Looking beyond the current DEC regulations, further restrictions are likely to drive additional fossil retirements and reliability needs. Although a number of technology solutions can be evaluated to resolve reliability needs, cleaner gas-generation plants, or a hybrid combination of gas and energy storage to meet emissions requirements while still providing vital reliability services and bringing us closer to the 2040 goals, should be among the options. A moratorium, however, would drastically limit these kinds of investment opportunities for cleaner alternatives on our path to the ultimate elimination of emissions.
At the NYISO, we’re concerned that a temporary ban on the construction or upgrading of gas plants, would mean that older, inefficient fossil units would have to stay on to maintain reliability.
The Power of Careful Planning
We believe that state-of-the-art, cleaner gas generation can be an indispensable resource to transition New York to the state’s 2040 goals. The significant build out of renewables and storage will help keep the run time of fossil units to a minimum until new technologies are available. Our studies identify characteristics that the future grid will require for reliability and flexibility, and we’re confident that competitive markets can serve as a platform to incentivize investment in those capabilities.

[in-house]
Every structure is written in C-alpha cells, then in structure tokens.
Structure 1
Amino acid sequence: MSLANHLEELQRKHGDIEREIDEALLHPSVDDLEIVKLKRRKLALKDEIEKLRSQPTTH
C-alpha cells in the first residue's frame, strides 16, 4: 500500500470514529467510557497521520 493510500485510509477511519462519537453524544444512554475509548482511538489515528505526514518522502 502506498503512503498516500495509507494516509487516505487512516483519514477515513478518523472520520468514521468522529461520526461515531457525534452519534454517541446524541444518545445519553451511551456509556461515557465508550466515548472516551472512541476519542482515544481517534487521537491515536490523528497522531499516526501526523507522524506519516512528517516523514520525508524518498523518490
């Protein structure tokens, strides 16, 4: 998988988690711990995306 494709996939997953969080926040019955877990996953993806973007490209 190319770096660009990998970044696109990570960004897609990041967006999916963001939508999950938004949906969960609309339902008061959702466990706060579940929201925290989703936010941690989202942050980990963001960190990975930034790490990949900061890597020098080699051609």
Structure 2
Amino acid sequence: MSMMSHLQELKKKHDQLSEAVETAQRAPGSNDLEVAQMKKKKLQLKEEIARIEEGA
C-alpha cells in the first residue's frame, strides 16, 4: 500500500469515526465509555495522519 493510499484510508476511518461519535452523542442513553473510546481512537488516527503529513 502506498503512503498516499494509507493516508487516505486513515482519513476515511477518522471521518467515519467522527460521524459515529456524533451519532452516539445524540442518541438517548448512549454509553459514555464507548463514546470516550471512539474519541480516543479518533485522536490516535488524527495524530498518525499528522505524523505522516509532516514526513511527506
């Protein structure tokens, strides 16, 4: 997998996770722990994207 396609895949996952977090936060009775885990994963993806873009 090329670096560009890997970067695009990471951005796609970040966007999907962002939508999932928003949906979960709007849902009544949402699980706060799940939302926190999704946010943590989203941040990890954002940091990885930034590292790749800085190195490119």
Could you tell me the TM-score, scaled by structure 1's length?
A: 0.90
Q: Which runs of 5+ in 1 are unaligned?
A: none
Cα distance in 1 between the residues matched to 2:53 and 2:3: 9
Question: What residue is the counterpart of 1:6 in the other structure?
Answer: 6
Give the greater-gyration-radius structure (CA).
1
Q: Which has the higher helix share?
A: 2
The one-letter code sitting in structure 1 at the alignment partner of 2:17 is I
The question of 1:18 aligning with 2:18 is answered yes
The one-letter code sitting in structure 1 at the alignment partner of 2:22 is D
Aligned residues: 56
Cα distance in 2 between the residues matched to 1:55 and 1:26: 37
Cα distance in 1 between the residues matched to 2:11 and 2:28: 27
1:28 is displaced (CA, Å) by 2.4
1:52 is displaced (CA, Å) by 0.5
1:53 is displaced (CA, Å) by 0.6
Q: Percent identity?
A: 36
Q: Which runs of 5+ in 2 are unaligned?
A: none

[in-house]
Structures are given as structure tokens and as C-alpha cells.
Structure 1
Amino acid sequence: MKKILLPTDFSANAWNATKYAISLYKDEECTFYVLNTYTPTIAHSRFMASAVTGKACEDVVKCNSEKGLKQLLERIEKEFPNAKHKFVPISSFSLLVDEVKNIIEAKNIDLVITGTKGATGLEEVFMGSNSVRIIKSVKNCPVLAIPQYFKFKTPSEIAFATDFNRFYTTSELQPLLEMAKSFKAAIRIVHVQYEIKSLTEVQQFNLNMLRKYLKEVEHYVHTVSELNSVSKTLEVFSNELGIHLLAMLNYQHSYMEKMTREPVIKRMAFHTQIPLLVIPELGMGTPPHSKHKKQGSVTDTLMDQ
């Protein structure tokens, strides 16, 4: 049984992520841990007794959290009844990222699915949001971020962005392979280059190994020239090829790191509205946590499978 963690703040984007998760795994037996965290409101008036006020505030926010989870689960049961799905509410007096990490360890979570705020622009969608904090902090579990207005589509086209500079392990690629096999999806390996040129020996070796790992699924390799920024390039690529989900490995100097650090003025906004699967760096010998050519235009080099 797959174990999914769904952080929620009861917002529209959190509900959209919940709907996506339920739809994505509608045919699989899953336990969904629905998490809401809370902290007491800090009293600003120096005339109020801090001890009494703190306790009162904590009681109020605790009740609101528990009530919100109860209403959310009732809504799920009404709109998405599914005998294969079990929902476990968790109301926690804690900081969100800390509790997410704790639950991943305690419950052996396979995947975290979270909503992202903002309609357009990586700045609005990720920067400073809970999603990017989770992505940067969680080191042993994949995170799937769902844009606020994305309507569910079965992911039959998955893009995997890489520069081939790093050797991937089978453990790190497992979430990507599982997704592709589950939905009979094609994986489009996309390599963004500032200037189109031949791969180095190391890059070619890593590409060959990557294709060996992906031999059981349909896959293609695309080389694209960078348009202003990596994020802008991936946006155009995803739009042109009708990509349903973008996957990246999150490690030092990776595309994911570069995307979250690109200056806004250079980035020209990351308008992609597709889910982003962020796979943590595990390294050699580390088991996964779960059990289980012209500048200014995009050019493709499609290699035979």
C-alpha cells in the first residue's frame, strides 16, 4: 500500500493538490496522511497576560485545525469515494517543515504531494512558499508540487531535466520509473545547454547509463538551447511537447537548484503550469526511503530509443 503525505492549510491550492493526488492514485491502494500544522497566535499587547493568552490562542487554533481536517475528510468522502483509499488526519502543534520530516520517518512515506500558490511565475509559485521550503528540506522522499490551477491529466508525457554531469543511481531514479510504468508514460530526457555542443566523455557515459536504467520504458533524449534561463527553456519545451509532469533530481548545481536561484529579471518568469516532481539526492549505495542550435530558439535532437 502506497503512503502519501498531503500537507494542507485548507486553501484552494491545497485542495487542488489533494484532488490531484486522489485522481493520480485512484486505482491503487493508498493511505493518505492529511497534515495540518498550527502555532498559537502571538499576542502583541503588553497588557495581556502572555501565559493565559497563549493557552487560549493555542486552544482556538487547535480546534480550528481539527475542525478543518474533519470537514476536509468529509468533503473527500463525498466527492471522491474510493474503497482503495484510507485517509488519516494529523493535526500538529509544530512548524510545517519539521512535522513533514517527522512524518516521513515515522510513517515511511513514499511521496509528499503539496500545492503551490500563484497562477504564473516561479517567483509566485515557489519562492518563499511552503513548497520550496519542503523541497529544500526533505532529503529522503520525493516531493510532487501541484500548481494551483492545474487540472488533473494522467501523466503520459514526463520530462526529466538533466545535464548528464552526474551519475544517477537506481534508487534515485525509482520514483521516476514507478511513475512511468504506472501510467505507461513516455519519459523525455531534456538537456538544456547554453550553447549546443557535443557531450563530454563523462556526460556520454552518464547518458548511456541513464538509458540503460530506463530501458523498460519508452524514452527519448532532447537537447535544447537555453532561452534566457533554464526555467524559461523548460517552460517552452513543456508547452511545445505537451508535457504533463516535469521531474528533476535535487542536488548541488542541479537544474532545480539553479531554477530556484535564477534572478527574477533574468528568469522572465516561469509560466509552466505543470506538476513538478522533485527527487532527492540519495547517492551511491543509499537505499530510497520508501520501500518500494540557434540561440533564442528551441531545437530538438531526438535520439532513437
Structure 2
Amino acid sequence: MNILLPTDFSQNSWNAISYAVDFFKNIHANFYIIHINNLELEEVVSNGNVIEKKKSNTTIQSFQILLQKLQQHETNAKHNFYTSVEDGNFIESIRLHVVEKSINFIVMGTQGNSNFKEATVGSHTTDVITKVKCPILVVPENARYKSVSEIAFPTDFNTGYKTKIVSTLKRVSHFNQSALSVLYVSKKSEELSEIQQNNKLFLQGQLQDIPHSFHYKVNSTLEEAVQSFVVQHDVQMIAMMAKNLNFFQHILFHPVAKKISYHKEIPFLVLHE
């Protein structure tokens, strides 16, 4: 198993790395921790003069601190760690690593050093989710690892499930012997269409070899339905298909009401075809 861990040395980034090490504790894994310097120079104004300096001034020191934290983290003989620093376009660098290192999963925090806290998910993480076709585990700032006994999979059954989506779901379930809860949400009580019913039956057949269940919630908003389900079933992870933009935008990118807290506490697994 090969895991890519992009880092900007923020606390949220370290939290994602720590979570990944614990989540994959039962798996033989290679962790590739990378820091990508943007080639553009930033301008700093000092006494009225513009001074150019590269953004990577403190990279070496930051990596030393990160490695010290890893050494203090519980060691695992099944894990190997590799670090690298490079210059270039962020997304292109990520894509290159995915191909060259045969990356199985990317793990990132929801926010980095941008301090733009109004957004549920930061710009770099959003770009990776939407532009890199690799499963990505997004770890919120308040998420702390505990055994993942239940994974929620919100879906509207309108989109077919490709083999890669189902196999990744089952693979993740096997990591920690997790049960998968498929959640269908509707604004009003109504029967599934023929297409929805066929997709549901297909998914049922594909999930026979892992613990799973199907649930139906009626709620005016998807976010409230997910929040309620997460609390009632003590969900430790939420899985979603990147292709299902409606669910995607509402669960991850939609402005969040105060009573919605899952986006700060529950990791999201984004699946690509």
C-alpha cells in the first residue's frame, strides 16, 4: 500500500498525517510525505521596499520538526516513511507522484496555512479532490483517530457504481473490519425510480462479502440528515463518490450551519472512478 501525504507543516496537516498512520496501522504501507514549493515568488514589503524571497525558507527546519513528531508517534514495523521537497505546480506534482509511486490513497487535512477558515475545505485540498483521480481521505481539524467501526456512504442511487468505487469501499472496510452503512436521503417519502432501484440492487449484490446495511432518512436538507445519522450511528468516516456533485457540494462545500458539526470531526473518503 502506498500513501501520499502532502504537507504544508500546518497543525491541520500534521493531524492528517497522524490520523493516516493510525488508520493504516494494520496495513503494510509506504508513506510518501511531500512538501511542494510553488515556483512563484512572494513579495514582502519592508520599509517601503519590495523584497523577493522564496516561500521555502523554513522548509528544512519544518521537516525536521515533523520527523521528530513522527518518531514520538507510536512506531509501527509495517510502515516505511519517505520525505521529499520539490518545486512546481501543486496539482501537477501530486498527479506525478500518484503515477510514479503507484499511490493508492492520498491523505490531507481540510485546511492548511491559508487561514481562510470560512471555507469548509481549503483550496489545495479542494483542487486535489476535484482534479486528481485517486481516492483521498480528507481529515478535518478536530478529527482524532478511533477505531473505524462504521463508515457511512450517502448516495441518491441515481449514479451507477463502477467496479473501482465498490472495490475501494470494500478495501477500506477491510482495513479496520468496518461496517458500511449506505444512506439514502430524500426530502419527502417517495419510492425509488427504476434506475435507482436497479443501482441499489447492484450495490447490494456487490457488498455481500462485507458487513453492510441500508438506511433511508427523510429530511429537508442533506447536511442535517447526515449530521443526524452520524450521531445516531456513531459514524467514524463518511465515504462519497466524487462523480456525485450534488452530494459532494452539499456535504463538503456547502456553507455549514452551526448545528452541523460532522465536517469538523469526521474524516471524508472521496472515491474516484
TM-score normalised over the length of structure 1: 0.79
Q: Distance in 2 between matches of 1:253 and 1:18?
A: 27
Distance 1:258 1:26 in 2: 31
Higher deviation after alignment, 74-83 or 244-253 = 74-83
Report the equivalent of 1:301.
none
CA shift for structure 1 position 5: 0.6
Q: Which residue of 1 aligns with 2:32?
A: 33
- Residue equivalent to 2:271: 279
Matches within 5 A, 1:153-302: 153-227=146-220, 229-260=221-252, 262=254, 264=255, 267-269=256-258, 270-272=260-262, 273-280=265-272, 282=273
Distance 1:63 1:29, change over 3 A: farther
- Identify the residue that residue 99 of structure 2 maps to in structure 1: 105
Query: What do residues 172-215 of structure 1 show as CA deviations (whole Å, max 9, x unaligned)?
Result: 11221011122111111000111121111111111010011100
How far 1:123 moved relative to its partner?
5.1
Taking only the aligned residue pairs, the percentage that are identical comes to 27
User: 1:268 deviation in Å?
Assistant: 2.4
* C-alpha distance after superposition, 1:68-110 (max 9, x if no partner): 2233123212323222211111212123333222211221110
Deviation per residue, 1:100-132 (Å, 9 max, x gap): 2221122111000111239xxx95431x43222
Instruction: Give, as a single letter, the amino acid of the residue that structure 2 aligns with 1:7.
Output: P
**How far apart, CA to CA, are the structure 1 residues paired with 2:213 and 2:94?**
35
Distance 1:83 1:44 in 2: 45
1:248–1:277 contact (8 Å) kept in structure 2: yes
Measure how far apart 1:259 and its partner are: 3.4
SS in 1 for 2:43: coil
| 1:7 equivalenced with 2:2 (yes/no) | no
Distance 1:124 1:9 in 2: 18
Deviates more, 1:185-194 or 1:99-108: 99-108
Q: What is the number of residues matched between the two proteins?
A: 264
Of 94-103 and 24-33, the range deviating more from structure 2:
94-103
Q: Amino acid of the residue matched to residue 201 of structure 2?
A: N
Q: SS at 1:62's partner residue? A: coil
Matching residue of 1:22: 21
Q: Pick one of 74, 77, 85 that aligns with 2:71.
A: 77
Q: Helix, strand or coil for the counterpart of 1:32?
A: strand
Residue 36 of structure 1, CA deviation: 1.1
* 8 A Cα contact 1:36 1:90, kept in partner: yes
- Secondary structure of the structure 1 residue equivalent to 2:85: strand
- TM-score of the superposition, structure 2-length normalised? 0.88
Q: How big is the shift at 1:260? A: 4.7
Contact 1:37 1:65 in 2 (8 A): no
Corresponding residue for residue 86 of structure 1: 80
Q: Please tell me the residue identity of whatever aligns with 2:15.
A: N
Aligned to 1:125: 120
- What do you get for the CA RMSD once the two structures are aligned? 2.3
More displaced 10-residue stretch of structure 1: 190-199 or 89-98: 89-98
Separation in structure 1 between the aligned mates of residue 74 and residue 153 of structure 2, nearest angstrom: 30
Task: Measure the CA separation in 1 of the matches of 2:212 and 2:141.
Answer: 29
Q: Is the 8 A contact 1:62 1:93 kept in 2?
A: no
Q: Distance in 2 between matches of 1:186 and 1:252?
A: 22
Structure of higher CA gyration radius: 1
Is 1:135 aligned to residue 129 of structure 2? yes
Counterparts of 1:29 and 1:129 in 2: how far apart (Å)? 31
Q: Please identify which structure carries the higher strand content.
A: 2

Abrupt decisions, meanwhile, are risky. The outages that occurred in the past year in Texas and California demonstrate the importance of long-term grid planning.
The CLCPA calls for phasing out fossil fuel generation over two decades because it recognizes the complexity involved in this transition. We are less than two years into that process, with scoping plans for realizing the CLCPA’s mandates still being developed. We are committed to achieving these goals and accelerating the transition.
For more about how we are addressing a zero-emissions grid with market-based solutions, visit the 2040 Power Grid webpage.